Can Third Thursdays Save Mill Avenue?

I wrote yesterday that I wished every day could be like Third Friday, a monthly night in downtown Phoenix where artsy types hang out for casual openings, and buyers have a chance to see new shows (and buy art) before the mobs hit on First Friday. Third Friday's refreshing, fiercely local, and a great community builder.

I can't say the same about Third Thursday.

Last night, the City of Tempe and the Downtown Tempe Community (DTC) hosted its first Third Thursday, and took another stab at the alliteration overkill that often happens when we decide to turn a day into a monthly festival.

The Thursday market held in the courtyard of Madcap Theater had been on hiatus since late December, when the DTC decided to reorganize and wait for things to heat up again. Last night, they hoped to kick things off again with a bash.

Note: Fake street art doesn't translate to street cred.
Note: Fake street art doesn't translate to street cred.

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Don't get me wrong, I'm all about community events and giving a chance to give people something to do on Mill Avenue other than stumbling around singing Journey while whistling at the girl crossing the street in peep-toe boots and the latest attempt to turn an XL T-shirt into a knotted dress.

And Mill Avenue's needed an adrenaline shot for a while. Ever since the great migration of local boutiques, a great antique bookstore, a giant bookstore (that's now pulling out of two more Valley locations) and a few coffee shops, Mill Avenue's turned into a great place to park, get something to eat or drink from the almost overwhelming amount of bars and restaurants, and leave.

And last night, I wanted to do exactly that.

The big kick off hosted mainstagers Wild Man Phil with Stumpy the Tortoise (whoever the hell that was), the Las Brisas Mallet Masters (not kidding), and ZZ the Tomato doing face painting. The stores, big and small box, pulled racks onto the sidewalks for "street shopping" as traffic continued to breeze down Mill Avenue.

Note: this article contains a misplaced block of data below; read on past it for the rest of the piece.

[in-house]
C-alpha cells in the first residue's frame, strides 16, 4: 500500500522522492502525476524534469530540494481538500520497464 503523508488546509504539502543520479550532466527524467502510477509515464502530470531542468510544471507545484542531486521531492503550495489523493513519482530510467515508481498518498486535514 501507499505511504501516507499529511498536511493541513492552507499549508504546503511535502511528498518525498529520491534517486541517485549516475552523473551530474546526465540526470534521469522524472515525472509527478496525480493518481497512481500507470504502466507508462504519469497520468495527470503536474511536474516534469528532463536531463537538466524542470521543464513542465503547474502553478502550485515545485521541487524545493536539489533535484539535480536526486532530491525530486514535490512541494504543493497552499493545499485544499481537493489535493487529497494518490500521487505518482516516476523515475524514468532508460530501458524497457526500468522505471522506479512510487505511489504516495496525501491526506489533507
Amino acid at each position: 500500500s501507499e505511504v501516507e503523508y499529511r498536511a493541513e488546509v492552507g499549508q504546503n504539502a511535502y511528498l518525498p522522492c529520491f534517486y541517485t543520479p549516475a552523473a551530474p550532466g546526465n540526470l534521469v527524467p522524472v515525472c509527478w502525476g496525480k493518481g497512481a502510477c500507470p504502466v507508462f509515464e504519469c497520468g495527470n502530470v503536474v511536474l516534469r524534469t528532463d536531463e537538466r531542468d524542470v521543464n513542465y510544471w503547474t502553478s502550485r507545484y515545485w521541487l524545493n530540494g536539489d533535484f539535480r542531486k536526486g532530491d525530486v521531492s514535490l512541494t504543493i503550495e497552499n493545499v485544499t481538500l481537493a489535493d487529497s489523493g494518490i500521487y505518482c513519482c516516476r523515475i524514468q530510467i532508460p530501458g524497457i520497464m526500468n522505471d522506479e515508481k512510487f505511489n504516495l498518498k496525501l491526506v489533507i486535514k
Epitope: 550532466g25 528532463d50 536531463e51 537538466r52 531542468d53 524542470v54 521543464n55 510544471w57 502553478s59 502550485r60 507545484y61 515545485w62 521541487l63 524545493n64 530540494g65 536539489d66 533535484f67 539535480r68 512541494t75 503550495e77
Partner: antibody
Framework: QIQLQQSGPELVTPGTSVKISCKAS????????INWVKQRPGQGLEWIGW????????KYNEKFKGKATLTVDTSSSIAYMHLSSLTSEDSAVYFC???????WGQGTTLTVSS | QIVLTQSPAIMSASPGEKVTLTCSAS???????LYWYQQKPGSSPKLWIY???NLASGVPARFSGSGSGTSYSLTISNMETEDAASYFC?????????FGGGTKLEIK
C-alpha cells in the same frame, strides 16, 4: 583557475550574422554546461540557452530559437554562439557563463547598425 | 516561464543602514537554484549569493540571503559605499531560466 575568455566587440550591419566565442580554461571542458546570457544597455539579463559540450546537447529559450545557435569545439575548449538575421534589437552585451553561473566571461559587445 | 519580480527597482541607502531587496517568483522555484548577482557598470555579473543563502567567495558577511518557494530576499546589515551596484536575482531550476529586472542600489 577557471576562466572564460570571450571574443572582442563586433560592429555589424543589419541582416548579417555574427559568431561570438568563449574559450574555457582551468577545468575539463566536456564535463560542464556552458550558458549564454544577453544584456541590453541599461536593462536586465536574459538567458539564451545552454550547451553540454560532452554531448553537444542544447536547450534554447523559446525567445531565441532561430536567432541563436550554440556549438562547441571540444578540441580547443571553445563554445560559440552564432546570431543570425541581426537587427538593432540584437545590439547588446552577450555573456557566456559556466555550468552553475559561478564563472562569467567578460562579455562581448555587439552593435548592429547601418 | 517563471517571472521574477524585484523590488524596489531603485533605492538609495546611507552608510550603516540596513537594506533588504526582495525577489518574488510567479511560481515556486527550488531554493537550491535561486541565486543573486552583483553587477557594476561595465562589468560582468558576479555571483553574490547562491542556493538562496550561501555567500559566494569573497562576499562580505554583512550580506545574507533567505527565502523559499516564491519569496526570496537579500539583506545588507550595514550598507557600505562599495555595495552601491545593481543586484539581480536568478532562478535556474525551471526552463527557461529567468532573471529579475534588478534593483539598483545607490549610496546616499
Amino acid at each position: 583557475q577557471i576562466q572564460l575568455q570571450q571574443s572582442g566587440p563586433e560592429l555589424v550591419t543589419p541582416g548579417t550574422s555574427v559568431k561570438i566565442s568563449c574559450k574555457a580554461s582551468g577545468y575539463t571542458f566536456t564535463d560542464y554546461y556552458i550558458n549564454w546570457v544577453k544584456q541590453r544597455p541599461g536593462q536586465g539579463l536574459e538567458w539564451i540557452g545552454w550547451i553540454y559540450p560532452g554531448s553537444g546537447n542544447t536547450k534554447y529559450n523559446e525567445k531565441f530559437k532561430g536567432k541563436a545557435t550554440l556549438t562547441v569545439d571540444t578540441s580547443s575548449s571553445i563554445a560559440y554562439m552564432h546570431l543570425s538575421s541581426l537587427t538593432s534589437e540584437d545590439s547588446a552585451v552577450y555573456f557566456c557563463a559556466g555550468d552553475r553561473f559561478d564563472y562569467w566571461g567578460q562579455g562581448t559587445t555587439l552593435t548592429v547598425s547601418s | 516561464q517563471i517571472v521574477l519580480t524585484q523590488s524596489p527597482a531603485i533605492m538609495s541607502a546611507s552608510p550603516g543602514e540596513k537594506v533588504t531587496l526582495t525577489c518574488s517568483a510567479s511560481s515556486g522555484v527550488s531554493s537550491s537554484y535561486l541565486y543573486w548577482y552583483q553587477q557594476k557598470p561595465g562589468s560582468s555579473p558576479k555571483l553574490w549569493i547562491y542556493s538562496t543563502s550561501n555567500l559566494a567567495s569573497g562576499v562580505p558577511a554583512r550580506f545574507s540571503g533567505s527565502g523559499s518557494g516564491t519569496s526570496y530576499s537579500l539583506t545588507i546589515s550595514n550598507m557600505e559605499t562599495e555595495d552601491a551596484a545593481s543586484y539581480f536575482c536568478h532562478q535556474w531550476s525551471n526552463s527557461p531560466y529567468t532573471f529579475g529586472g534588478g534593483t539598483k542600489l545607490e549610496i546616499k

There was a good number of food trucks I love like Trucking Good Food and Paradise Melts (not that Mill Ave. needed more food), that was next to a courtyard of "artisan vendors," which meant more sand art and foreign-made tchotckes than I could ever hope for. And after last night, all I could hope for Mill Avenue was more than a circus act Third Thursday.

Third Thursday's tagline is "Expect More" and I really did.

For a hotspot in a hip college town, I'd expect to see a revitalization of empty storefronts with lower rents (take the Marshall Way's example or Scottsdale Public Art's INFLUX) with art and art spaces for show and creation (I have high hopes for the Fixx if they work on their hours).

For an avenue yards away from one of the largest universities in the country, I expect a place to take small creative classes from local creatives, to work together, to read a book, or to see a decent band play, or hell, to eat pie. And for one of the most diverse cities in the state, I'd expect to see a couple places to hang out when you're not 21-years-old yet and don't have plans for a sugar-coated sidewalk where you can your face painted.

To be fair, some of these places even exist just a PBR toss away on the hip little corner of Ash Avenue, where you can grab a kickass cup of coffee and hang out for a day before splurging on a few paintbrushes and spraycans. So maybe it's time for Mill Avenue to take some notes:

Enough with the festivals. With more involvement and less show, Mill Avenue can be a place where people can go and build community on every day or night of the month.

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